#2: Water valve.  My husband installed water valve that I could attach a hose to on the bottom of one of the barrels so that we can gravity drain the water.  This required us to purchase a valve, drill a hole in which to insert the valve and seal it so that it would not leak.

Covering the Barrels
This is the most important step in making a rain barrel!  Invariably, where there is water, there are children, insects (especially mosquitoes) and critters attracted to that location.  The very last thing you want to find is a child in your barrel so covering the top is essential.  Until recently, I molded some chicken wire over the top of my barrels to keep children out.  This did not keep out insects or keep kids from dropping rocks & other things through the holes into the water.  Recently I replaced the chicken wire with screening that I salvaged from an old screen door we replaced on the house.  I am securing the screen with bungee cord so that I can access the water from the top easily if I need to.  (I realized tonight that I do not have a photo of my new cover.  I will insert one tomorrow.)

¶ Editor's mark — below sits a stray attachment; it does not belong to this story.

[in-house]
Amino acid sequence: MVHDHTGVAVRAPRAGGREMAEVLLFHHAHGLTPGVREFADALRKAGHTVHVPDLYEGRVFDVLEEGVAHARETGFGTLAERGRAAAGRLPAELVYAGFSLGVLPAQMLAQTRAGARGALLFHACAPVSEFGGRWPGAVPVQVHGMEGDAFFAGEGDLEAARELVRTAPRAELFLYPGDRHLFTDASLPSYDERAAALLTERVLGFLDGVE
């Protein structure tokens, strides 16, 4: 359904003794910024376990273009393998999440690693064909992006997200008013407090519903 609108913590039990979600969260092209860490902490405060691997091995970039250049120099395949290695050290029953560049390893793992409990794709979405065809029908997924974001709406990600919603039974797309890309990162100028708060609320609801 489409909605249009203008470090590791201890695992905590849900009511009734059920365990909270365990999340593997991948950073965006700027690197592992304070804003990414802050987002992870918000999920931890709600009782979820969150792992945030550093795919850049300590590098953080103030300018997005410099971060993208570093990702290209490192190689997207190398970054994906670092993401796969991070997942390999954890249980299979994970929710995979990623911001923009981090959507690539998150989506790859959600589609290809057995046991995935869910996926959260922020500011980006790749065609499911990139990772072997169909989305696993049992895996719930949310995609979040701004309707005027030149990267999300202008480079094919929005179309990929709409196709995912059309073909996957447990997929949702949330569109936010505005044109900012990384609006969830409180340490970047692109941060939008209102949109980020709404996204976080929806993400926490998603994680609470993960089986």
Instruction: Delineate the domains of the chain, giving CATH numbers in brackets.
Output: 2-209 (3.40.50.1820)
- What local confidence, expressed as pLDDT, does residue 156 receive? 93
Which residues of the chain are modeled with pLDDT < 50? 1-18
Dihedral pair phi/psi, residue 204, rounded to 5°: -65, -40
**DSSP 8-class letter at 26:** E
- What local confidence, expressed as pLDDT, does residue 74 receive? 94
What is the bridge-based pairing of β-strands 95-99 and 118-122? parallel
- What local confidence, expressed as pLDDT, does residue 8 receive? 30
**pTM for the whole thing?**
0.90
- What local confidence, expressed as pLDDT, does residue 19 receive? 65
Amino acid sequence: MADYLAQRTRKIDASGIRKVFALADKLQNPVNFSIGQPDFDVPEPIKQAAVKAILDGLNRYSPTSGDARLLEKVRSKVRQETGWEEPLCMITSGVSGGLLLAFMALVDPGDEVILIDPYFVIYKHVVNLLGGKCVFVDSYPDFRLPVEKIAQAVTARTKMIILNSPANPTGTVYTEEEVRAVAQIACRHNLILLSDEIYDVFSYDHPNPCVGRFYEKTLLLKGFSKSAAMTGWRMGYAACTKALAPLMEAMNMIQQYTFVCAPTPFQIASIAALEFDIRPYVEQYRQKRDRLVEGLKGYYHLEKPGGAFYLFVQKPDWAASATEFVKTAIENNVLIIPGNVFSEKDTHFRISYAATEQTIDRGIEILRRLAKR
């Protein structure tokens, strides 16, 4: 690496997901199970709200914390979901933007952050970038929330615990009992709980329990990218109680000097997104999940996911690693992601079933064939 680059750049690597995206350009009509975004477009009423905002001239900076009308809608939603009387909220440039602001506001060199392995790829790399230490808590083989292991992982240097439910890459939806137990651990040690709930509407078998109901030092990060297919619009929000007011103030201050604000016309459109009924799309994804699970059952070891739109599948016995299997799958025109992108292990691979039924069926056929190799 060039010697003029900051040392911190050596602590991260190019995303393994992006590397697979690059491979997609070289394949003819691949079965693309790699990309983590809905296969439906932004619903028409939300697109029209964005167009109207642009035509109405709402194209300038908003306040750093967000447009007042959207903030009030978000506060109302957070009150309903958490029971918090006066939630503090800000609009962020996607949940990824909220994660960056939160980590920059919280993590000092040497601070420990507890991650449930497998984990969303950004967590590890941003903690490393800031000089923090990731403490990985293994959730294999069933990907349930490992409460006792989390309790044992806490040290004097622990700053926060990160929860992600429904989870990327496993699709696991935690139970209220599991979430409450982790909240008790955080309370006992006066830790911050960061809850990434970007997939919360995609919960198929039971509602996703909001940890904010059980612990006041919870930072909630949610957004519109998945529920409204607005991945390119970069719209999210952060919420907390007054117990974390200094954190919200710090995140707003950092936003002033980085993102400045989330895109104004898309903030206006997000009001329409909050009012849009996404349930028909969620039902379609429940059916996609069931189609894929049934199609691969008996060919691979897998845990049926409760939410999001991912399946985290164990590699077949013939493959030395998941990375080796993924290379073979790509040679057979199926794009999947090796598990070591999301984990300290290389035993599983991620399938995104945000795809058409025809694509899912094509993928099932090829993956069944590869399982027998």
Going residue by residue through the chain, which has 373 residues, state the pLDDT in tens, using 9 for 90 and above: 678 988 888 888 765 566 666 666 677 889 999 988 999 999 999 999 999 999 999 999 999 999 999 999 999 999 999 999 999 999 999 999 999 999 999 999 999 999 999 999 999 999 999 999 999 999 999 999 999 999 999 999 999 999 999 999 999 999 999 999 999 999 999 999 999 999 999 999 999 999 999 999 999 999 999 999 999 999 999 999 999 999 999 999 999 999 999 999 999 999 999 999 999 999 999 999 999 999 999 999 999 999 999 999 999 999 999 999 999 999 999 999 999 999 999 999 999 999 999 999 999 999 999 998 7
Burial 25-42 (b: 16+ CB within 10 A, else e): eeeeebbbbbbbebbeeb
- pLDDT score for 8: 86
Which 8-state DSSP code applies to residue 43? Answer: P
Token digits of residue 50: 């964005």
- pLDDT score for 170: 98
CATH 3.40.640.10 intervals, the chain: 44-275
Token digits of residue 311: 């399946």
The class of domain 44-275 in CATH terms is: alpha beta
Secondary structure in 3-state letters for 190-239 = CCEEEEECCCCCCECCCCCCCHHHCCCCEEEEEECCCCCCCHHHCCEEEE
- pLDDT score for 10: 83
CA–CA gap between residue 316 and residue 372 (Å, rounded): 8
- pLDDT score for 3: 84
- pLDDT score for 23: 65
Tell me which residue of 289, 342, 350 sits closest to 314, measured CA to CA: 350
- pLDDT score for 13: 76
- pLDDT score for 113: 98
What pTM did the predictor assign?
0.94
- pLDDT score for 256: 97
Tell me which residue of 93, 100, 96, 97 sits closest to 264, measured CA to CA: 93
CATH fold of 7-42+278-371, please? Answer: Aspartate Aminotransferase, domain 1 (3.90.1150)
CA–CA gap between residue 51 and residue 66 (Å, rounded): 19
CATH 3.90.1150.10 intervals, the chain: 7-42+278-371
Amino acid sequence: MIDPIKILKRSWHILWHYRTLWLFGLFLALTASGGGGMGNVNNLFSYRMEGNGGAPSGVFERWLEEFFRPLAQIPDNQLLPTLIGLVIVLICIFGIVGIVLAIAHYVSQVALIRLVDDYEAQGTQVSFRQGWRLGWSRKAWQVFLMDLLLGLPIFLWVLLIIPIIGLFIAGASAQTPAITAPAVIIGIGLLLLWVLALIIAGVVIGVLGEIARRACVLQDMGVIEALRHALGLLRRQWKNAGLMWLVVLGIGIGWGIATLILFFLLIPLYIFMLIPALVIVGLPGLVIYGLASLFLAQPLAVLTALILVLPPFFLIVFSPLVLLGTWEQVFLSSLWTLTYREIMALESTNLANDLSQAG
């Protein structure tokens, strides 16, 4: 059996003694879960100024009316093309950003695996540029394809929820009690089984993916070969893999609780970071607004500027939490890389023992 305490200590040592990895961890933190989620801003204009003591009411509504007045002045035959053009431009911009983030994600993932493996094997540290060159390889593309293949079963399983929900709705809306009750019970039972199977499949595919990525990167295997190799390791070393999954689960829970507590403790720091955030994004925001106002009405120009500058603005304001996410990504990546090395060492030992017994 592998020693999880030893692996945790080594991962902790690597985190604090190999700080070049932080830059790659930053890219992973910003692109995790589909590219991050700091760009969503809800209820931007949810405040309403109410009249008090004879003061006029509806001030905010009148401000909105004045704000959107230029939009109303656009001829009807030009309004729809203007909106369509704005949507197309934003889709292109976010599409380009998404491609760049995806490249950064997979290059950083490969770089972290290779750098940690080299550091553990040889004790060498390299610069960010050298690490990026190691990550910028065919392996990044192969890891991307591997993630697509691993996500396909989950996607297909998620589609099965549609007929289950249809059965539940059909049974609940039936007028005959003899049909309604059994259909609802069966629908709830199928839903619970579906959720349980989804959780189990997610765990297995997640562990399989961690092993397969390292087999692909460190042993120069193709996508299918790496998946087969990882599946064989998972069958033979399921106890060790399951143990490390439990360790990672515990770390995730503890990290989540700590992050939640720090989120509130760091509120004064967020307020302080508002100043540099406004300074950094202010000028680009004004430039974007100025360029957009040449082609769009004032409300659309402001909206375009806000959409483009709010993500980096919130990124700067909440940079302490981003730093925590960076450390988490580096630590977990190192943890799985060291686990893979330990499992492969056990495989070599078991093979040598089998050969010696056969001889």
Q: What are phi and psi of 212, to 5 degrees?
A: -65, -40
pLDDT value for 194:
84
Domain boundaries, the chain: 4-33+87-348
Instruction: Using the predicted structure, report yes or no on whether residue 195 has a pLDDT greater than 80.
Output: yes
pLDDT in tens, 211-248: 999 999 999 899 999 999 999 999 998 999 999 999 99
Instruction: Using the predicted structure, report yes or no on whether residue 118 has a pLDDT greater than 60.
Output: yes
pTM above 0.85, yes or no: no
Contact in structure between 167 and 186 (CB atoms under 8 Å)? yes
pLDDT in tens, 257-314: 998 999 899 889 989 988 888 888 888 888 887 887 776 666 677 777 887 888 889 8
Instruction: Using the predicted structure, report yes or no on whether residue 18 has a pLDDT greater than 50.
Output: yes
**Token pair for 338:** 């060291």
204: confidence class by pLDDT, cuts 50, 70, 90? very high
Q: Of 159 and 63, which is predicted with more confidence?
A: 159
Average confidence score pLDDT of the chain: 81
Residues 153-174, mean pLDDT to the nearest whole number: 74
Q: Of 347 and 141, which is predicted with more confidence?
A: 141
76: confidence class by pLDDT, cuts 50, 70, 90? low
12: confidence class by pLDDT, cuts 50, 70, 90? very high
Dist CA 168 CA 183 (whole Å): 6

Direct the Water
(These pictures were taken as I transitioned from chicken wire to screen to cover my water barrels.  They were at no point left unattended and uncovered.  PLEASE be sure your barrels are covered at all times!)

Shorten your rain water down spout and direct the outlet into your container(s) so that water from your roof is captured.  My husband just removed one section of the downspout and attached a curved piece so that we'd be sure not to have water shooting down behind the barrel.  When the first barrel is full, I have to attach a second piece to re-direct the water into the second barrel.  It is my 'someday' plan to connect the two barrels so that they feed into each other without my help.

Upgrades I'm Still Wanting
 As I just eluded to, I want to connect the two barrels so that I do not have to manually move the spout to fill each one.  My plan is to connect them at both the top and the bottom so that water can freely pass between the two as the water level goes up and down.  Once I have made this connection I will also be able to install a more permanent top on the second barrel & have one less point of water access for all creatures!

The other thing I want to add is an overflow spout that I can attach a hose to and direct water further away from the house when the barrels are full.